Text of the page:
follow that white rabbit
and fuck what they say.
~Ann Marie Eleazer
We have to consciously study how to be tender with each other until it becomes a habit. ~audre Lorde
There will be people in our lives who when we meet them, we know that we are going down a rabbit hole and when we come back up, we will be forever changed. People who we know will break us further open, who will gently guide us back to our Self, who will inspire so much feeling within us that at times we feel we might burst.
If we are lucky we get to meet multiple people like this in our lifetimes. People who push us lovingly outside our comfort zones, people who, when we are around them, we want to push ourselves outside our comfort zones. People who, simply knowing them is truly an adventure. People who we feel alive with, free with, connected with, at peace with.
Sometimes these people will be in our lives for a very long time, decades, maybe even most of our lives. Sometimes these people will be in our lives for a very short time: a few hours, a day, a couple months. Sometimes it seems like these people show up exactly when we need them to, to get us through a very specific phase in our lives.
Sometimes these people are our Forever People and sometimes they aren’t.
Just because a person isn’t a Forever Person doesn’t make them a “bad” person. Sometimes relationships end not because harm has been done, rather because it is simply time for it to end. Because one person has grown into needing something different than what the other in the relationship can give and to stay would be to keep both people stuck and stagnant.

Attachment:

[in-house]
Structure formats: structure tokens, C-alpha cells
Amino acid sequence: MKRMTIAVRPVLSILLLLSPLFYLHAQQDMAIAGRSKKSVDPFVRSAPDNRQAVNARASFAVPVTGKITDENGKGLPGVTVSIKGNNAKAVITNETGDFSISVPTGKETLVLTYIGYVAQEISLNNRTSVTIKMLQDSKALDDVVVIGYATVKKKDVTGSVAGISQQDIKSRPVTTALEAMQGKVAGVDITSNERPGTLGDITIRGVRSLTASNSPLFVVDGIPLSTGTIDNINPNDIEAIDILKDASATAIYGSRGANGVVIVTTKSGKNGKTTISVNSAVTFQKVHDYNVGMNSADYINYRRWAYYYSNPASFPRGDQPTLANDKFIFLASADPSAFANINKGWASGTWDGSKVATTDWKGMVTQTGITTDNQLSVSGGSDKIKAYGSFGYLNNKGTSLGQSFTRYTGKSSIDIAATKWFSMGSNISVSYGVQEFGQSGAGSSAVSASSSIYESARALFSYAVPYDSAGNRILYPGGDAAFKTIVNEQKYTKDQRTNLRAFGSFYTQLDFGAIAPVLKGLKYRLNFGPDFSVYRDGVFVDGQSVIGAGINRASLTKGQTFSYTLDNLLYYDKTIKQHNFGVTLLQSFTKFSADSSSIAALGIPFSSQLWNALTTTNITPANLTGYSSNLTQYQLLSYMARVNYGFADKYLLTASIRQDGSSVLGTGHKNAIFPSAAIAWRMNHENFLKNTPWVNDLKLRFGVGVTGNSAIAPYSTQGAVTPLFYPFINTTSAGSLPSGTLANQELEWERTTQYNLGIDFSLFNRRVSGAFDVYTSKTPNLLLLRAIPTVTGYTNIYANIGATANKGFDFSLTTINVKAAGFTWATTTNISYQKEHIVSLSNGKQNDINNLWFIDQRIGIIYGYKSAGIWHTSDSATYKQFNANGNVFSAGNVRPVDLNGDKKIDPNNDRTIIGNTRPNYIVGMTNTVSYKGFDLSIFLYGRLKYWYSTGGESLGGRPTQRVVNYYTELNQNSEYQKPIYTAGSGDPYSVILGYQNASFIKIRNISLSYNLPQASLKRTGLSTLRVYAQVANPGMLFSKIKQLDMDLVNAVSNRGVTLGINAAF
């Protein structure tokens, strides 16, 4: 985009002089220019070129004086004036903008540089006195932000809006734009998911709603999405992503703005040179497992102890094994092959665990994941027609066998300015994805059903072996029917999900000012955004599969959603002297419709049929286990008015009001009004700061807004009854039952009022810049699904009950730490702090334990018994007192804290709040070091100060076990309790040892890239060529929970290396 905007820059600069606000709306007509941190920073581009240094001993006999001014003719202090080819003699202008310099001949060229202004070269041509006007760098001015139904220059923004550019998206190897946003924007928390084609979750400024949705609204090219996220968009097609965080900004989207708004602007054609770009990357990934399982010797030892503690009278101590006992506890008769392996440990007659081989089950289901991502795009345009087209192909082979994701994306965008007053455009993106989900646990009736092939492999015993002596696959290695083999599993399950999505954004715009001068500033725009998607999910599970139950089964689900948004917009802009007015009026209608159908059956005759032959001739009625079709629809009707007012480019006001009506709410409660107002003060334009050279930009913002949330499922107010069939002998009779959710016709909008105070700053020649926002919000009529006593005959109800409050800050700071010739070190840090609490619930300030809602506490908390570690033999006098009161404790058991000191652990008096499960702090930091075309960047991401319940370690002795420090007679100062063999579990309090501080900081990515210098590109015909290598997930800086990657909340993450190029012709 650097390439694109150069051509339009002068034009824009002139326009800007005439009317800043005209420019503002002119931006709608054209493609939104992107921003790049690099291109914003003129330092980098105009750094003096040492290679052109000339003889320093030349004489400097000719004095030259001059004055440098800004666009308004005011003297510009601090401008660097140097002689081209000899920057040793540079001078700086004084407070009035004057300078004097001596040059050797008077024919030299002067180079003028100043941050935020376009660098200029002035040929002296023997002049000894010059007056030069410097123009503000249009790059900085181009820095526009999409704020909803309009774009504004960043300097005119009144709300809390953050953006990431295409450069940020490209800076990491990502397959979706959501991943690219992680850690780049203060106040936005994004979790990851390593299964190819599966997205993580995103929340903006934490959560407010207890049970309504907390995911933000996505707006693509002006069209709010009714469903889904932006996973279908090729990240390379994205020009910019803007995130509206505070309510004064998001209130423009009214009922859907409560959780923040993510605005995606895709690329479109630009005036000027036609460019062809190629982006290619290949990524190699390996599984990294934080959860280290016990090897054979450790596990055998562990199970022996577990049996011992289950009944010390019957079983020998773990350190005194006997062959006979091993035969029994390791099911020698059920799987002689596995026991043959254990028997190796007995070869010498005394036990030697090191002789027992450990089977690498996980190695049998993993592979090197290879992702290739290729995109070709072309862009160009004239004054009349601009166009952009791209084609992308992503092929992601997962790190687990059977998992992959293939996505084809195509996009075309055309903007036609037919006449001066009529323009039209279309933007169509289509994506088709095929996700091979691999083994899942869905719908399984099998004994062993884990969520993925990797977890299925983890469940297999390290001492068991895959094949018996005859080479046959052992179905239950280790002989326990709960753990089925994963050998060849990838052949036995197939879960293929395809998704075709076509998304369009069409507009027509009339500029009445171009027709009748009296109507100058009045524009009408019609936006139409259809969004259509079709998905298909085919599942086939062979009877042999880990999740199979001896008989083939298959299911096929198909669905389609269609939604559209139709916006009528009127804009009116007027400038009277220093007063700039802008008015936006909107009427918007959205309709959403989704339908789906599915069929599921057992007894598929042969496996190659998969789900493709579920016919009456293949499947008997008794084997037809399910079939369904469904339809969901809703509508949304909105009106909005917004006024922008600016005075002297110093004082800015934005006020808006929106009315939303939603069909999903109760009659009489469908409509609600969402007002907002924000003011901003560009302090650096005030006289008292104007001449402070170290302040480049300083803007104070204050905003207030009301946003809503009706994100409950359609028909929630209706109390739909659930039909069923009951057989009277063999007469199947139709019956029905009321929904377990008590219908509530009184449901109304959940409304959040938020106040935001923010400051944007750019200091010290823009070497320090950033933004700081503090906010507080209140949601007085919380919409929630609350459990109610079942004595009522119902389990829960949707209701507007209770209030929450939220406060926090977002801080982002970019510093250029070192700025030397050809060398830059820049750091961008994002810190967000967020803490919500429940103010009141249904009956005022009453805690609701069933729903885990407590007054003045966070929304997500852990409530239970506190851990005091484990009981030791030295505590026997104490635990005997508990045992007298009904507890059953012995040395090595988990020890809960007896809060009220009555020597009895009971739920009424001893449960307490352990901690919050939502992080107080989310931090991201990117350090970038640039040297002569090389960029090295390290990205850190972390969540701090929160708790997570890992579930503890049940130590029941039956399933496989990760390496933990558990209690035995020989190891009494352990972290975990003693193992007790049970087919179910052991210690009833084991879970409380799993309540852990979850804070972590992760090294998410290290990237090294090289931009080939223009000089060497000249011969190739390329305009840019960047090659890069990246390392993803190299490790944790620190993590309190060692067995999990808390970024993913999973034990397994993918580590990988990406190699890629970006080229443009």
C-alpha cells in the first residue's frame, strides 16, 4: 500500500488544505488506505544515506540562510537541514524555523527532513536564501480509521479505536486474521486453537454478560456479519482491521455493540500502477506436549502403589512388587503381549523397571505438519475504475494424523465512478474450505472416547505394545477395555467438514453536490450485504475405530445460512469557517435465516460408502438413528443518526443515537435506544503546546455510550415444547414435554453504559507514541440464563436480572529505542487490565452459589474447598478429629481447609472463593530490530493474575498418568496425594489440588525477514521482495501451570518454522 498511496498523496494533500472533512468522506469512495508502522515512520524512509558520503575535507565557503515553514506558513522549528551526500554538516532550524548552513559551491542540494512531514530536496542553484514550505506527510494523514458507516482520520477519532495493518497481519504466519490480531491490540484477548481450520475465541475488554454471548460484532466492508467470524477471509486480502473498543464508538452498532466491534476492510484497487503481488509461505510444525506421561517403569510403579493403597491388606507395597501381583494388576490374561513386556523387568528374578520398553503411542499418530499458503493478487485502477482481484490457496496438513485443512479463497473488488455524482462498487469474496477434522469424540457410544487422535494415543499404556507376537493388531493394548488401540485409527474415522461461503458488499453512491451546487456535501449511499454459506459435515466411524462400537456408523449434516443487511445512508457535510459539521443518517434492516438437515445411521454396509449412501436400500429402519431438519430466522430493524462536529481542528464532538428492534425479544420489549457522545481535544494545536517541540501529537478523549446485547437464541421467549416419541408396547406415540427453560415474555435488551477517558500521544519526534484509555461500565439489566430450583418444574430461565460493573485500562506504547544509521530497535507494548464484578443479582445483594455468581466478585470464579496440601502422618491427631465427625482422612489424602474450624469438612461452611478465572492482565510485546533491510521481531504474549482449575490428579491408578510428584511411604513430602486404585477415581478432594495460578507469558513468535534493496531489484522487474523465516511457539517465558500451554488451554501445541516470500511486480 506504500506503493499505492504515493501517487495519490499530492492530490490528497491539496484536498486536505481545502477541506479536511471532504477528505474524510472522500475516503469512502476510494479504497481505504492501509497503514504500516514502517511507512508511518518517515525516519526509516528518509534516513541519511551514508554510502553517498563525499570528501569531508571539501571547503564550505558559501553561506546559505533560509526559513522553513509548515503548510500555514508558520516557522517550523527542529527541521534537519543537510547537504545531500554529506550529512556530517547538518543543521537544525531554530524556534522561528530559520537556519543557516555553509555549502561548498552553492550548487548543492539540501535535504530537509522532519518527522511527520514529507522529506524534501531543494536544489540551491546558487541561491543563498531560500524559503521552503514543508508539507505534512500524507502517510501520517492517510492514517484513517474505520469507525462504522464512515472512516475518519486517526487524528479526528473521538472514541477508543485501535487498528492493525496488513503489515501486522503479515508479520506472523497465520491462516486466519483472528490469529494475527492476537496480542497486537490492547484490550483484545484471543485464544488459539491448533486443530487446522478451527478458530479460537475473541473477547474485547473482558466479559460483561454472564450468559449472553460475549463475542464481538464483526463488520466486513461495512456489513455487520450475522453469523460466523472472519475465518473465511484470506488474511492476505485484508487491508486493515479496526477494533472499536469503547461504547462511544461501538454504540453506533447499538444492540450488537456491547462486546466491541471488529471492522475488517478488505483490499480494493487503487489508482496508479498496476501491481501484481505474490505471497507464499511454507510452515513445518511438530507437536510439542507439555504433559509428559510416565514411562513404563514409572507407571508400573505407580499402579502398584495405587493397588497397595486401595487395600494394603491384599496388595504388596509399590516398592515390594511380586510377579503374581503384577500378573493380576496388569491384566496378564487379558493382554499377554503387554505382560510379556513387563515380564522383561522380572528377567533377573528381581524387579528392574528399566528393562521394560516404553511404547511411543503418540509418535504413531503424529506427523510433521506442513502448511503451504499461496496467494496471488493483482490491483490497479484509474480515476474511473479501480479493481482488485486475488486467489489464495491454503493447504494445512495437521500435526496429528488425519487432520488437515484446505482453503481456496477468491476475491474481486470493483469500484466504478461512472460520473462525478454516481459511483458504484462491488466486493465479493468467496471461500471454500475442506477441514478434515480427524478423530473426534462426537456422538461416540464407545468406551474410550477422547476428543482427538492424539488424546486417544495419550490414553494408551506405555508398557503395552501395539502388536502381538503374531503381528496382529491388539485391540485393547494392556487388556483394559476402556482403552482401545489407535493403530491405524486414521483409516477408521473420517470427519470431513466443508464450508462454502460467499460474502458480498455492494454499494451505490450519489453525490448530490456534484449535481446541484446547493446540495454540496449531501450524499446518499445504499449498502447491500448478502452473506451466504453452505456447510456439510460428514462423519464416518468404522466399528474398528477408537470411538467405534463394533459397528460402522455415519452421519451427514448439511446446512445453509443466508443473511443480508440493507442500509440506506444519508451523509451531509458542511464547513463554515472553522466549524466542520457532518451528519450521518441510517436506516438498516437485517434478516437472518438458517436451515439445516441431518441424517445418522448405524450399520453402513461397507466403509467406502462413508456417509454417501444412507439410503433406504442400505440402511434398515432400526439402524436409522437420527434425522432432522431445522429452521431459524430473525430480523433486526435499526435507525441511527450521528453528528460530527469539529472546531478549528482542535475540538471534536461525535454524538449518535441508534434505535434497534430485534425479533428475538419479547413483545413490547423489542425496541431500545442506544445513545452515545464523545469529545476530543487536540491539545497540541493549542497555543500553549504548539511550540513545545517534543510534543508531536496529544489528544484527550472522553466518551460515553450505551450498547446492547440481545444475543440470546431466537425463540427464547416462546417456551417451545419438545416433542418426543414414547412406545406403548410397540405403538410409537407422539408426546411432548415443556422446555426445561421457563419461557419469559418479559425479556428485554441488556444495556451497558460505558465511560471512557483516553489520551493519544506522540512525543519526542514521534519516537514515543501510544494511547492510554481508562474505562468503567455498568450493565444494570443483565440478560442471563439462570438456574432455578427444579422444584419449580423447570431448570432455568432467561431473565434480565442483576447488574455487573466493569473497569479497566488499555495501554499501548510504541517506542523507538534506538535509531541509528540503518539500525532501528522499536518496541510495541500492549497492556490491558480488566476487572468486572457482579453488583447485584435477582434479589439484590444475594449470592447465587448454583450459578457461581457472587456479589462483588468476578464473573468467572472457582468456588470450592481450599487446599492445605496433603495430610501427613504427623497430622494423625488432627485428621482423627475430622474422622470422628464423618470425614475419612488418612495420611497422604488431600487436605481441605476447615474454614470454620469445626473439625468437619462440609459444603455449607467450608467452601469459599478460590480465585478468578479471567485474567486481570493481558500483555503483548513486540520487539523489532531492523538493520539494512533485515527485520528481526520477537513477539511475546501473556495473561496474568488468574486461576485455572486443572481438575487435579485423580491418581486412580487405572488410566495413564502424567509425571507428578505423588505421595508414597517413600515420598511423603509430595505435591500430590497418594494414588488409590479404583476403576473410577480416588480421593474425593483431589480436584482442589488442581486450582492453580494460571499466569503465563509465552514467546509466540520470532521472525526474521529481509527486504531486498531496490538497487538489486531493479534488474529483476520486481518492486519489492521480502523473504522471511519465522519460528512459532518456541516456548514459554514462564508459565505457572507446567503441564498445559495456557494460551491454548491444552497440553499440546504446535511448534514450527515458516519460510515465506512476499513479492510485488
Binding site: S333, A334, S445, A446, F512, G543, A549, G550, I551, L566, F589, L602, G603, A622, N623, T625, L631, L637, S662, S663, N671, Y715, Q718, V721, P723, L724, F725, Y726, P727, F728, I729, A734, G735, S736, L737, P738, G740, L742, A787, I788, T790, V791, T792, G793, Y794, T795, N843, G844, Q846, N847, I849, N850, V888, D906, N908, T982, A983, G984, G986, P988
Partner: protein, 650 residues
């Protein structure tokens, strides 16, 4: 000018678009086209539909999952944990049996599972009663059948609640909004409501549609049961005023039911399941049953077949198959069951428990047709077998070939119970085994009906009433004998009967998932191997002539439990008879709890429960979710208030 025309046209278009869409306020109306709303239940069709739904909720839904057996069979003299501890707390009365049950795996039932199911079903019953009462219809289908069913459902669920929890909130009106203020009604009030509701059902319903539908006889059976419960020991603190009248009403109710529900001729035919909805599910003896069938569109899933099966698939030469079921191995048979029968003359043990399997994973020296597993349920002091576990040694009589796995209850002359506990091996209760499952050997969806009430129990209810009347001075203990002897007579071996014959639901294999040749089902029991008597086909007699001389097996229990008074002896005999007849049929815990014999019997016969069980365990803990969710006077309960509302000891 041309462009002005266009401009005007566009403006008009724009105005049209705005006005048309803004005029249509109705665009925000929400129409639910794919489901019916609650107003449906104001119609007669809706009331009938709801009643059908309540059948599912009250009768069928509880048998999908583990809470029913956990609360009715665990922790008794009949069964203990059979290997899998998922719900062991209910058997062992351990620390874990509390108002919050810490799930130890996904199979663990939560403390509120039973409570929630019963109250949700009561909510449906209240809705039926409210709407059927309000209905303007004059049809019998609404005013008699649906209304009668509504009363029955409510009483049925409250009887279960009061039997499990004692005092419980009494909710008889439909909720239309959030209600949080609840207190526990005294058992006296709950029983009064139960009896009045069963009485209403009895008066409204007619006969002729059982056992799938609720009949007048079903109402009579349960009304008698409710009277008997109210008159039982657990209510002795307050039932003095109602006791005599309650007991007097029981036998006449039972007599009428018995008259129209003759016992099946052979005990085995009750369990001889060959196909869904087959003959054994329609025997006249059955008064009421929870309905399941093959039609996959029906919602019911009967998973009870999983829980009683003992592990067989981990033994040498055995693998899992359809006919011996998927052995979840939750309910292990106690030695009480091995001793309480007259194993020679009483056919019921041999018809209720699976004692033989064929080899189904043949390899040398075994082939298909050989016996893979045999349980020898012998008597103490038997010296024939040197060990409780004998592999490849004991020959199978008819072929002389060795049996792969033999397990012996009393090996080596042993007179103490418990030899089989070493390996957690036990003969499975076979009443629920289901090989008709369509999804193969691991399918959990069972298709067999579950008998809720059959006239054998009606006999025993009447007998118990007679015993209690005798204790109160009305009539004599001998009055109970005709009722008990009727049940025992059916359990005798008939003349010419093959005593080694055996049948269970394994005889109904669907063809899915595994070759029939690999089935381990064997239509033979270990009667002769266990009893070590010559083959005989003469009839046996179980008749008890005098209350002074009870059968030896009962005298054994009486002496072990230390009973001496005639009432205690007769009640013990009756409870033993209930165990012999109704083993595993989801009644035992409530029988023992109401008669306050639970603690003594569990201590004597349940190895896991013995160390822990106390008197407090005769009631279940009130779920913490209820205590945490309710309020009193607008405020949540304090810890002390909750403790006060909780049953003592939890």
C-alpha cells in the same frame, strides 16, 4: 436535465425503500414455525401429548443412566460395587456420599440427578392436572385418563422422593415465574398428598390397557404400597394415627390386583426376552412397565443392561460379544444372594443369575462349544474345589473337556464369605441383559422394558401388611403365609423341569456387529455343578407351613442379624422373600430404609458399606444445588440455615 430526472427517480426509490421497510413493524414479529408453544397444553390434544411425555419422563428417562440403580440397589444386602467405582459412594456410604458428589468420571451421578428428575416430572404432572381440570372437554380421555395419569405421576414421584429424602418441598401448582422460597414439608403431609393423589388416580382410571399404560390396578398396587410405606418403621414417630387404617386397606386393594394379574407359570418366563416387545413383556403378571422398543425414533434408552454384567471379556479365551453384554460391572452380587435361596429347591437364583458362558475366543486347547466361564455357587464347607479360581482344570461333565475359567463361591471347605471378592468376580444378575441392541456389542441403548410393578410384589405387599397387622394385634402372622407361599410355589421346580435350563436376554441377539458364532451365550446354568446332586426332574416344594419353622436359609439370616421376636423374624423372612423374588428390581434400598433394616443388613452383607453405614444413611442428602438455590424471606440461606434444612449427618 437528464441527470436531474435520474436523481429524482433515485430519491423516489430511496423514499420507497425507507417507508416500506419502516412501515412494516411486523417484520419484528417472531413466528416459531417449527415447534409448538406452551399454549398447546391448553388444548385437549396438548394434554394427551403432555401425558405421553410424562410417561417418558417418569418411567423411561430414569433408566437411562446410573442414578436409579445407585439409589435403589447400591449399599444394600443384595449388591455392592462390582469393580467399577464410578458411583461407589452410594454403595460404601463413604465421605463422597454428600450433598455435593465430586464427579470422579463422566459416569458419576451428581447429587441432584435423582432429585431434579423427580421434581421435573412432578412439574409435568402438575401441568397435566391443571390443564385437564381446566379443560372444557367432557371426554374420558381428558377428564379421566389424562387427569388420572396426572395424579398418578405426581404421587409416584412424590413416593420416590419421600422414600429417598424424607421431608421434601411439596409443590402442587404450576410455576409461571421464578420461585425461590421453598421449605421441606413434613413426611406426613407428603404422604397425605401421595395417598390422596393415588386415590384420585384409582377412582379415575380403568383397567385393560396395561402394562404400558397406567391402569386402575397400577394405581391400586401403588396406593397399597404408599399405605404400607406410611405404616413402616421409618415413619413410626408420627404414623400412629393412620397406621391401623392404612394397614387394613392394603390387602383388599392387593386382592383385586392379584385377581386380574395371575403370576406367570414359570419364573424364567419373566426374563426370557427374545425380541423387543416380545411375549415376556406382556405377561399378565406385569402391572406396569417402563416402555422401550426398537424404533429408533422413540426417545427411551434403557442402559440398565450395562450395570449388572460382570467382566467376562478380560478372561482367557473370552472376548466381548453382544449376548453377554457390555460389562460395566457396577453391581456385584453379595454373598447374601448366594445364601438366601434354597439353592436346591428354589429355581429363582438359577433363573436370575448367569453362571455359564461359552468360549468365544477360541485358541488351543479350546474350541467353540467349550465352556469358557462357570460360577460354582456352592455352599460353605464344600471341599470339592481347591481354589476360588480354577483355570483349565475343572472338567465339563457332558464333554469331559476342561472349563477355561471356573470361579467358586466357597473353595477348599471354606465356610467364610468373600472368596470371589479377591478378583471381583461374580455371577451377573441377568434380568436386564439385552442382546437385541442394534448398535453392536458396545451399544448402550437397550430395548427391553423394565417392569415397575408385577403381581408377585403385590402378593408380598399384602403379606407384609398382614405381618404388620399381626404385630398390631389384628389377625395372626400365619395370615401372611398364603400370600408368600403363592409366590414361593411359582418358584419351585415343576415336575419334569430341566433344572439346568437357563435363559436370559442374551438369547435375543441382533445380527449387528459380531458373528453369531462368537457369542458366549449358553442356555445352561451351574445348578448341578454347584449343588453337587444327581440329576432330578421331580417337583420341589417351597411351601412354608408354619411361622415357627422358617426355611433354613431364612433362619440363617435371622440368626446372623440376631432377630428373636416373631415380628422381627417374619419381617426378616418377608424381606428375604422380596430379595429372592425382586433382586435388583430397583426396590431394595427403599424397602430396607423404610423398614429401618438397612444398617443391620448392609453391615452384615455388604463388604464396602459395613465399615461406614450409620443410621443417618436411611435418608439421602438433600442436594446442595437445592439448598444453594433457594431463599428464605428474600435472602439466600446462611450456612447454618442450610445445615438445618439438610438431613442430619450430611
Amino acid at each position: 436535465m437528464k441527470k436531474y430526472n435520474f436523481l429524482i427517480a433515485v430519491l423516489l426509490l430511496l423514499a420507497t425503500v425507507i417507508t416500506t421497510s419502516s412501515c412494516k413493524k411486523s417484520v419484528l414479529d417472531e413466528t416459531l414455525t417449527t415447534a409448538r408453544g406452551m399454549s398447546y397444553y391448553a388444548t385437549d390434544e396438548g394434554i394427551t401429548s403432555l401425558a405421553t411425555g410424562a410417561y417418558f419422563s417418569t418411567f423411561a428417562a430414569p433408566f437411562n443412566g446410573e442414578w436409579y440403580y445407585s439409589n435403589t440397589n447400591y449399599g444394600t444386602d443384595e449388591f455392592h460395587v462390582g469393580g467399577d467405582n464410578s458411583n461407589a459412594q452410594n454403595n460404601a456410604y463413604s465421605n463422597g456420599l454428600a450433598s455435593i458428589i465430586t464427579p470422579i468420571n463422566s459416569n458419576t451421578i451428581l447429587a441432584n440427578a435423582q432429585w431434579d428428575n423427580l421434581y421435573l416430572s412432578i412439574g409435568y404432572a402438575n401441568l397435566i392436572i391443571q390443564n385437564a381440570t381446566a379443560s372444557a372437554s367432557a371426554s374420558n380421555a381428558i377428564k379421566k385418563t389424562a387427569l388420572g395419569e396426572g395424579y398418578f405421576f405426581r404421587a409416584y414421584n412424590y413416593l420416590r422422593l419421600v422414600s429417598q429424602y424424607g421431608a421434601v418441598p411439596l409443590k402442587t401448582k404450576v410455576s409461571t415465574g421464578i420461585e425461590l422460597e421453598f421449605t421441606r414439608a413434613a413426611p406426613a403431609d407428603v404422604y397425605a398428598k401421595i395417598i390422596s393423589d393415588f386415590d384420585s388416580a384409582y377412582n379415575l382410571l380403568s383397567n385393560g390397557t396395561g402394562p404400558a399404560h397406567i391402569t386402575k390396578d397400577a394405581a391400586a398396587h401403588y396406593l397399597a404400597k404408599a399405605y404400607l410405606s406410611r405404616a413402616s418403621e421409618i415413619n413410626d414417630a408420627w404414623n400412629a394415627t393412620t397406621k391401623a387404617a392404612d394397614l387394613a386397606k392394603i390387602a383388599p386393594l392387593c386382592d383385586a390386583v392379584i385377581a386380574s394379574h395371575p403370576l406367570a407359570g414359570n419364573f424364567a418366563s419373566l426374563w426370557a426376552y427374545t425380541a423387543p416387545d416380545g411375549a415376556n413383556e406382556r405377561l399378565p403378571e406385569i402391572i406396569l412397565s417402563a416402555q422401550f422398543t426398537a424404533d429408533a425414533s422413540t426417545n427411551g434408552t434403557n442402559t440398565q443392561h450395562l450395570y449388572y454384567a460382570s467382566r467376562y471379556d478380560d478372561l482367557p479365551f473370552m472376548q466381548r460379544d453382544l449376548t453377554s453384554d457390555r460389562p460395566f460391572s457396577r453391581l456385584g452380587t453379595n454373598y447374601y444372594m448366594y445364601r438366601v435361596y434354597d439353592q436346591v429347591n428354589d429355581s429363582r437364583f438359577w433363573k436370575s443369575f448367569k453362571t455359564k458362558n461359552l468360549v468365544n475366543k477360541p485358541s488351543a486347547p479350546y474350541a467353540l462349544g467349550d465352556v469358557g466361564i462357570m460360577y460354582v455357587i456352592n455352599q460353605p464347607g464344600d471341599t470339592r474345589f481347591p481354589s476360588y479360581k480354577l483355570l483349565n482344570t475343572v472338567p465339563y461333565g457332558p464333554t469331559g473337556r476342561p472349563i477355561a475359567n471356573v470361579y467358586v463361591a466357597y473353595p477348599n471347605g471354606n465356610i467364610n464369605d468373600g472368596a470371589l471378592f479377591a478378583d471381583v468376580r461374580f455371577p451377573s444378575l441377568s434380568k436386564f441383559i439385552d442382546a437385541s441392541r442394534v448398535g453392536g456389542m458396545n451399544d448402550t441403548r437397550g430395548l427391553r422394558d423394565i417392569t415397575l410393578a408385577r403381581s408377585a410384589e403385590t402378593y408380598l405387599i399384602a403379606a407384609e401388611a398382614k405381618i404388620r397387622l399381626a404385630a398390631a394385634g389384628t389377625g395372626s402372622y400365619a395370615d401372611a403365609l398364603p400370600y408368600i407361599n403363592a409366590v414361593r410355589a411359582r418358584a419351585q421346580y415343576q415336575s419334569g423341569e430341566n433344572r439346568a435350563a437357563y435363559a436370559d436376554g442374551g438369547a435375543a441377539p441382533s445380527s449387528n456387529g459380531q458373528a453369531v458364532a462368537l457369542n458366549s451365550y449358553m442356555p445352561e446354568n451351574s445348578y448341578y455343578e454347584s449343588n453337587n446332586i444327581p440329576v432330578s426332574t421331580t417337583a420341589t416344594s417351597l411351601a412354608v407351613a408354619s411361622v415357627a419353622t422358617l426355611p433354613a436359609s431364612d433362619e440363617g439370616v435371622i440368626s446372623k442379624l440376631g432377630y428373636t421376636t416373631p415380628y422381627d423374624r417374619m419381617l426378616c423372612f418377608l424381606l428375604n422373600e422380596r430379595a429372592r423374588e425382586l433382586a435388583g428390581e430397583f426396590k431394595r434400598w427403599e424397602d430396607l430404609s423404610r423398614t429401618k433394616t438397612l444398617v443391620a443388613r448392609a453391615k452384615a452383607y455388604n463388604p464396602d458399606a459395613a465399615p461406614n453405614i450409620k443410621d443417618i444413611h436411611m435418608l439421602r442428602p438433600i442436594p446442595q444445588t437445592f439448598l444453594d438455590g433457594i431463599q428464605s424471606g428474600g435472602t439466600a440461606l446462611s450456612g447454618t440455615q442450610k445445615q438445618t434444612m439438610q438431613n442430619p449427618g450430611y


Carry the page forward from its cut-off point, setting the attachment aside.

Letting go of these people who touch us so deeply, so intensely, who forever change us, is not an easy task. It is understandable that we want these people to stay forever. It makes sense that we try to cling to them, that we lose our minds a bit in the trying to somehow backtrack and change course “soon enough” for the inevitable to be avoided just a bit more.
It makes sense because our attachment wounds and complex trauma run deep. Because learning new ways of being, which includes new ways of grieving, can feel so uncomfortable and even at times overwhelming. Because we want the stability and relative safeness of things staying the same. Because while change is unavoidable, we humans sure do try to keep it at bay as long as possible.
All relationships have their ebbs and flows. Their expansions and contractions. Their beginnings and endings. Being able to move with these shifts is an act of courage and love. It is brave and loving to do differently, to break patterns and cycles that inevitably cause harm, to allow for the autonomy of the people in the relationship and that of the relationship itself.
What is most important, always, in all ways, is that we are able to stay true to who we are, to stay in our own integrity, to do our best to not cause harm and when we do to be accountable and do the work of repair.
Sometimes that looks like walking away or staying still while the other person walks away.